As much as it pains me to continue this thread, so far no
one has stated or challenged the obvious solution.

If I had my way, we would just have country code TLD's and .INT, and
.INT would be restricted as it is now do international treaty orgs.
However, the market speaks loudly and those of us who do not listen
to it will find ourselves sidelined.

The market also "speaks" for address portability and cars which
make million miles on a gallon.

But the market doesn't speak in these issue, it maybe
whines, but there isn't anyone that has put up the cash on the
table to do either of these, while they are both technically
possible, they are not economically practical.

I quite agree that we should go with customer demand, but -- as long
as the road does not go into a nice solid brick wall.

If we won't actively fight dot-envy we're going to get into
serious name collision problems. And, no, many many TLDs
do not change the nature of the problem and just move it
one level higher. (Want to bet that as soon as new TLDs will
be allowed ATT's lawyers would clamour for "ATT" top-level

The question is, is this really a bad thing? I would
say that it isn't.

It the IANA, charges $10,000 - $100,000 annually to anyone that
wanted a TLD, I think we would be fairly well off, at $10,000
a registry would need 200 - 2000 sub domains at $50/year for
it to pay its fees.

I say that if you charge on the order of $100,000/year,
only people that are commercial registries will be holding
You allow all of the ISO country codes to
continue as is. Network Solutions can have first bid
on COM, NET, ORG, EDU, etc., and charge whatever it wants.

These TLD registry fees go to funding root name servers,
BIND, ISC, etc.

Flattening domain name tree by adding more TLDs is the Wrong Thing.
It is totally bogus.

My original proposal was to create enough (tens of thousands) of TLD's such
that this sort of small minded protectionist idiocy would be impractical.

It is much better to make dot-envy less sexy by *mandating* minimal
tree depth under existing domains. Old allocations may be grandfathered,
and people should be made aware that keeping first-level domain
names *is* antisocial.

Peer pressure isn't going to cut it, there are more of "them",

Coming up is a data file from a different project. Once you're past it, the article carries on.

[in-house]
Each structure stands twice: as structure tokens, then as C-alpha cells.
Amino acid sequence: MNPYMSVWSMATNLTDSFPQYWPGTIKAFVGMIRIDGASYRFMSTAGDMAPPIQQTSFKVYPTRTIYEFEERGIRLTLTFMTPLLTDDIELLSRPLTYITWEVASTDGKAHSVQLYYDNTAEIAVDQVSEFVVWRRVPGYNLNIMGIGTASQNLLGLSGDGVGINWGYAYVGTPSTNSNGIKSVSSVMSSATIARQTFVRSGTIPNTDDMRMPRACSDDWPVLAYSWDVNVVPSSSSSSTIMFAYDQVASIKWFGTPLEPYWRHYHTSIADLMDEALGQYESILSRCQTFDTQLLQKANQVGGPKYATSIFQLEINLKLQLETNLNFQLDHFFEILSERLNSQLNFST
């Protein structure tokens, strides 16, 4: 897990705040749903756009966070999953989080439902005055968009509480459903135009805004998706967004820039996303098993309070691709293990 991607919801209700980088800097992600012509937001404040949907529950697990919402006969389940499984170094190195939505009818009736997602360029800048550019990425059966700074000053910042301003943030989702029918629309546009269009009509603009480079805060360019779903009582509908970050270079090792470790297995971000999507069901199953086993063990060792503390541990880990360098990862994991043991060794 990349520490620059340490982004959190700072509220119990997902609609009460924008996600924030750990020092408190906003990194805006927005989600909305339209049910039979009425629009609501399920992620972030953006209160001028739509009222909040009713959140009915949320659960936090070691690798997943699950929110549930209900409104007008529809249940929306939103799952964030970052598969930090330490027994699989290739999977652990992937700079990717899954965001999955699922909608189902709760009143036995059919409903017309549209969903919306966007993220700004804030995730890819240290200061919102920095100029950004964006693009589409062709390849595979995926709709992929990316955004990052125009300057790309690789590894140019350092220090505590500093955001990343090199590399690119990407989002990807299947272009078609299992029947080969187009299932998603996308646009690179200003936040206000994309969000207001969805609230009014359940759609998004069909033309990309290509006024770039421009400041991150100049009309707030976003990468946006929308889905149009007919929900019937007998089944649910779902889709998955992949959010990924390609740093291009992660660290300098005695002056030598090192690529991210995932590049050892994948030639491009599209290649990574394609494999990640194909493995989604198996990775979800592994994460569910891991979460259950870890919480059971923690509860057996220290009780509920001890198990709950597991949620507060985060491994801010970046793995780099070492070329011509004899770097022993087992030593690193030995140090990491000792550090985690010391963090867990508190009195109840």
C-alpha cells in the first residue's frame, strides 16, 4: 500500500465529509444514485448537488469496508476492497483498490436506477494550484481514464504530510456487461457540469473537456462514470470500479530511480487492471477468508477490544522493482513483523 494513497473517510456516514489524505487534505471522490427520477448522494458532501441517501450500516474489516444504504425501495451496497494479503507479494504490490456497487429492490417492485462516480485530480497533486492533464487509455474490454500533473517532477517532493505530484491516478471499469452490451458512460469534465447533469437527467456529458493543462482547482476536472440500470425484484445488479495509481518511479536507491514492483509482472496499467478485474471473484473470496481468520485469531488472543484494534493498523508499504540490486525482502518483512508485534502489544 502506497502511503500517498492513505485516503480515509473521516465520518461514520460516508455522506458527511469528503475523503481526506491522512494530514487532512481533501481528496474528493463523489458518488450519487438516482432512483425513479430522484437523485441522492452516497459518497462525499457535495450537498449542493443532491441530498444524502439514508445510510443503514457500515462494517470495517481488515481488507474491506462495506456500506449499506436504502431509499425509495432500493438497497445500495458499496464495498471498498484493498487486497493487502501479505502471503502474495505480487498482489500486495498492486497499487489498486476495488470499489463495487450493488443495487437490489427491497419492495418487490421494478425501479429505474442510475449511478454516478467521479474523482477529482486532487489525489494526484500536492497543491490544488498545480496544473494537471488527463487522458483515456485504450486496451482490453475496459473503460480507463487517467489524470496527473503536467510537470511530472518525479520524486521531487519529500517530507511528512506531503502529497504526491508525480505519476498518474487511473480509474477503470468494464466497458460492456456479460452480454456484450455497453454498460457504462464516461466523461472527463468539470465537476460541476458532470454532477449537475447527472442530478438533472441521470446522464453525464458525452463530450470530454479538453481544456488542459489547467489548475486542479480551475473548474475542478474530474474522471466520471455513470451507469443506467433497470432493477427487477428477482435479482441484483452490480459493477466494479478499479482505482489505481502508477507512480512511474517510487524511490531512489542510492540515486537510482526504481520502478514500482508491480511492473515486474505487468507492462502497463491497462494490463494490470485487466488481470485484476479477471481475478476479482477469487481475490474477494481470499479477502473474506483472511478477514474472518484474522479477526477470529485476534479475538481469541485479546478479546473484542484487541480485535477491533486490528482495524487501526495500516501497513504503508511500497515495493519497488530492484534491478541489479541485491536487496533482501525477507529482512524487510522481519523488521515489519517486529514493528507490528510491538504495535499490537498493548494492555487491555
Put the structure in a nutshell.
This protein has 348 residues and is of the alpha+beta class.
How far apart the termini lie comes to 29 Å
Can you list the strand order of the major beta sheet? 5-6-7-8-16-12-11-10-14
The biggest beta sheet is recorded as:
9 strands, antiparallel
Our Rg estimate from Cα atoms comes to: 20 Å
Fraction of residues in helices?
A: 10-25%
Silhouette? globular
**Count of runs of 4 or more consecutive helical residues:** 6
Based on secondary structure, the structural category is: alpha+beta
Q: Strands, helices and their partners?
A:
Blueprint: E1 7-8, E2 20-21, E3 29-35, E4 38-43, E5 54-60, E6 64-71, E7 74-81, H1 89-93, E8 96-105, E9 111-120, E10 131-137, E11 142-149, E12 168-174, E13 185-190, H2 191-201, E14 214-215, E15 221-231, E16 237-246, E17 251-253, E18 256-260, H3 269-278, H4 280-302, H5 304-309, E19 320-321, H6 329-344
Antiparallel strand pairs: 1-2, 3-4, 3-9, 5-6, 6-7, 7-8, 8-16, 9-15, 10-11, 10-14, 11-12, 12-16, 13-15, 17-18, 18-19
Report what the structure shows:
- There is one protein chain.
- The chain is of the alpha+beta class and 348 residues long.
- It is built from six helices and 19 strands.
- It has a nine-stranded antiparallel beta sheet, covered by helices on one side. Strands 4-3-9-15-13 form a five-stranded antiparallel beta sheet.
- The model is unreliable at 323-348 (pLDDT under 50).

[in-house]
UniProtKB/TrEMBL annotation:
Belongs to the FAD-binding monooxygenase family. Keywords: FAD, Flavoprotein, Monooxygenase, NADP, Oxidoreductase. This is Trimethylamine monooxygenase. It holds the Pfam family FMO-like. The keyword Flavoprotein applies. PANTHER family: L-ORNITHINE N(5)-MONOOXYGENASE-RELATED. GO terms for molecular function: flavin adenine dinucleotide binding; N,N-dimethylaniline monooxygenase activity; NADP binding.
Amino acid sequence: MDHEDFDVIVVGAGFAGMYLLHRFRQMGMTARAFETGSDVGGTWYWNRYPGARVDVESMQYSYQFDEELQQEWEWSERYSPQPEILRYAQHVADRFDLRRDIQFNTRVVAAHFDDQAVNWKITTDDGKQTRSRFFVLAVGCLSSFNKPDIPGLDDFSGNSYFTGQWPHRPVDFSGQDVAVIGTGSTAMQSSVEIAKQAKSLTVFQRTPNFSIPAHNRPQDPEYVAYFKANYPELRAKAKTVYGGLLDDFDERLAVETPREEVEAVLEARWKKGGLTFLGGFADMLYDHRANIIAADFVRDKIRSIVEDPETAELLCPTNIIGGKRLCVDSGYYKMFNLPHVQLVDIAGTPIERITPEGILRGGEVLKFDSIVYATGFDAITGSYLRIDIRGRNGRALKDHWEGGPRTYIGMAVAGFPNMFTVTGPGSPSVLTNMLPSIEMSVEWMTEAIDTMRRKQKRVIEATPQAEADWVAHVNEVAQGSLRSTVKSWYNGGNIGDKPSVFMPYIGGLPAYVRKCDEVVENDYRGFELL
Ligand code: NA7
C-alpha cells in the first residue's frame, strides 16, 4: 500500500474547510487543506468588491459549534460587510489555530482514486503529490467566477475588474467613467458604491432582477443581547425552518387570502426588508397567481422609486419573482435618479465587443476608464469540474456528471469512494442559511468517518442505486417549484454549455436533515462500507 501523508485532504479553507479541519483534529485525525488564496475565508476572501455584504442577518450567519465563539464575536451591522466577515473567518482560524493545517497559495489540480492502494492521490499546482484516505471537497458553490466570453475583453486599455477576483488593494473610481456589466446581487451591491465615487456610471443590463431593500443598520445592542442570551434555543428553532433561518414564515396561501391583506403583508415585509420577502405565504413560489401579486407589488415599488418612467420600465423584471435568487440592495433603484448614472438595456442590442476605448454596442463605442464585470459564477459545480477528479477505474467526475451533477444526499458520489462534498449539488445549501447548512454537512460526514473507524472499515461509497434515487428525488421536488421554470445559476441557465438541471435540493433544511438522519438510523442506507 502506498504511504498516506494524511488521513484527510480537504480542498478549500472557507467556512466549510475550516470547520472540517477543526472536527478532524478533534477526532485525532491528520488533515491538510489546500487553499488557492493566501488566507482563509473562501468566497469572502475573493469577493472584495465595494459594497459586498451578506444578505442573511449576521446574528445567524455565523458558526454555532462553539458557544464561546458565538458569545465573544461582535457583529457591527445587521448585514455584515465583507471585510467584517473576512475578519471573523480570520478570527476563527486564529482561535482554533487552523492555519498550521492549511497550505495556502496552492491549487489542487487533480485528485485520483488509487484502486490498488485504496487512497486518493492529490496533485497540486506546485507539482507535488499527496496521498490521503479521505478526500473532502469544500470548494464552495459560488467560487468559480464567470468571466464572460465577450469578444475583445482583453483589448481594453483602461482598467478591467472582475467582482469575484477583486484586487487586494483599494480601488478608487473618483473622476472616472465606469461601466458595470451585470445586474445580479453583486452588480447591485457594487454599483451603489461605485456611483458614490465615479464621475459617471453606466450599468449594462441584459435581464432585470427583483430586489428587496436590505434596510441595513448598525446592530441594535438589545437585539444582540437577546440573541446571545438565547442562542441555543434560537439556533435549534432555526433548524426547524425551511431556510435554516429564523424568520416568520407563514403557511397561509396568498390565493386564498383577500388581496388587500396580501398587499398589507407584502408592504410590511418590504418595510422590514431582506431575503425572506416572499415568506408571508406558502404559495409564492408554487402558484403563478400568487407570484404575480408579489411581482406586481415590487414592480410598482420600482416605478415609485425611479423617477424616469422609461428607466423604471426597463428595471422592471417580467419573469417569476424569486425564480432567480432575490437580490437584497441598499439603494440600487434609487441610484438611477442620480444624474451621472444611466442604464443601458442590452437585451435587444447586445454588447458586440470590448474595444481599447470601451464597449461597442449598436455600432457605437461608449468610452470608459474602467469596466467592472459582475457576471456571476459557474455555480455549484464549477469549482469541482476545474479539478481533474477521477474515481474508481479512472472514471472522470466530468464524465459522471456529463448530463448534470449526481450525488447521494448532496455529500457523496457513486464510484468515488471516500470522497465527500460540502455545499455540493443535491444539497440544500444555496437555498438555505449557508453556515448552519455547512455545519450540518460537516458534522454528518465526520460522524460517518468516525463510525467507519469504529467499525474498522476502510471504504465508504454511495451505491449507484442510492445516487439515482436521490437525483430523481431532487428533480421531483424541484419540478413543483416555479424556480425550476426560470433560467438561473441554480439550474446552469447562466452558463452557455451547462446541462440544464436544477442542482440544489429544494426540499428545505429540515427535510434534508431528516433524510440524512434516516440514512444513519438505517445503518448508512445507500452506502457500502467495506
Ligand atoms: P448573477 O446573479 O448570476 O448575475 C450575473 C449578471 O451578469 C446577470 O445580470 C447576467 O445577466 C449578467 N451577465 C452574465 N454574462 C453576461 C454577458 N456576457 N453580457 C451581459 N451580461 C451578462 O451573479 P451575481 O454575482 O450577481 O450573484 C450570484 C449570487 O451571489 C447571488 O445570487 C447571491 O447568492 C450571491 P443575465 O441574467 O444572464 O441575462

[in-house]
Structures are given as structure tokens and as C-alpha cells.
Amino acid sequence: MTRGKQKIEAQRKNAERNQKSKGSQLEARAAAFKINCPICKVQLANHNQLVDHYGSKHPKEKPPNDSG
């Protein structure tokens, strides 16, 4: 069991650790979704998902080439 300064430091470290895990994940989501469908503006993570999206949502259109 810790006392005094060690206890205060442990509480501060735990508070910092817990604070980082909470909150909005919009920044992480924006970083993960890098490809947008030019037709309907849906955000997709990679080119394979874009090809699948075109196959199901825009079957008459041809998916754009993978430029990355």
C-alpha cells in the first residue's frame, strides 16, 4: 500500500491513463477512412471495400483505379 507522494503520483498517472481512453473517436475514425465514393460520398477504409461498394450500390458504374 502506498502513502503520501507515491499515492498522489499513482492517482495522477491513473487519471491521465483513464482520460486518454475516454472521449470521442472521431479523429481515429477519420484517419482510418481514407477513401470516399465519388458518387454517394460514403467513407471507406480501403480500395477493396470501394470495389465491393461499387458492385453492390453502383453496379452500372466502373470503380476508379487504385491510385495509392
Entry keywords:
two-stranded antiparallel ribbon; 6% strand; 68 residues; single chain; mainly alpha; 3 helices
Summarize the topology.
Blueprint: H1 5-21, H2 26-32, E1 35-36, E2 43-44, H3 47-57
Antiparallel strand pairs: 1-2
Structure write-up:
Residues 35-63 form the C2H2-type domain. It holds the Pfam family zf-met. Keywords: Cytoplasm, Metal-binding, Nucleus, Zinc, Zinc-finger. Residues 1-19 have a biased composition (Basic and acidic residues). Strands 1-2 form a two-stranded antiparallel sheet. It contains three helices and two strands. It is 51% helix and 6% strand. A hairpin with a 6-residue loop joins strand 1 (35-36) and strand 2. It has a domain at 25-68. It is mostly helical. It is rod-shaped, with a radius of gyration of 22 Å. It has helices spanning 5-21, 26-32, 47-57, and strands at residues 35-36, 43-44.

than there are of "us".

If someone wants to register in 10,000 TLDs, at $50 each,
let them. If .COM is a sewer, let it. People that want
to be registered in a TLD that doesn't suffer from
excessive name collision, can.

How about ceasing .COM allocations altogether? There's .US and .INT.

The IANA did not see things my way on this point, and so I suspect that the
larger companies headed by people with the smaller craniums will all decide
to register in every TLD.

Being antisocial does not mean being stupid. There's a tangible
benefit of having names everywhere (in a sense, it is a "replacement"
for shorter names, as you won't need to remember which TLD was
used). Again, this is the case when market forces are directly

There should be a tangible cost.

The .COM sewer is a direct result of regulatory distortion.

Useful TLD space, is a finite resource, and everyone hear seems to agree
on that. We currently have the regulator (IANA), giving a
free monopoly to one organization on "useful" commercial
TLD space.

There are some serious issues with this proposal I will admit,
perhaps the worst is, who decides how registry fees are to allocated,

Of course I also believe that the Internet could do well with
with modern western "theory" of government, i.e by the people,
of the people, for the people. But instead of we are
stuck with the relatively harmless IANA dictatorship.

I expect I will get several emails about TLD speculation,
but I PROMISE to ignore them, because they are baseless
speculation founded on lack of understanding of the free
market system.

I would propose a even more radical solution to the
"TLD" problem, but it has some serious implications,
as I have said before there is no technical reason for
the de-facto implementors of name space policy, the root
name servers, to listen to IANA. But I personally
don't feel up to the challenge of designing a workable
"democratic" governance system for the Internet. My only
real thought in this, is that the only long term solution
will be some sort of group elected by the population of
the Internet.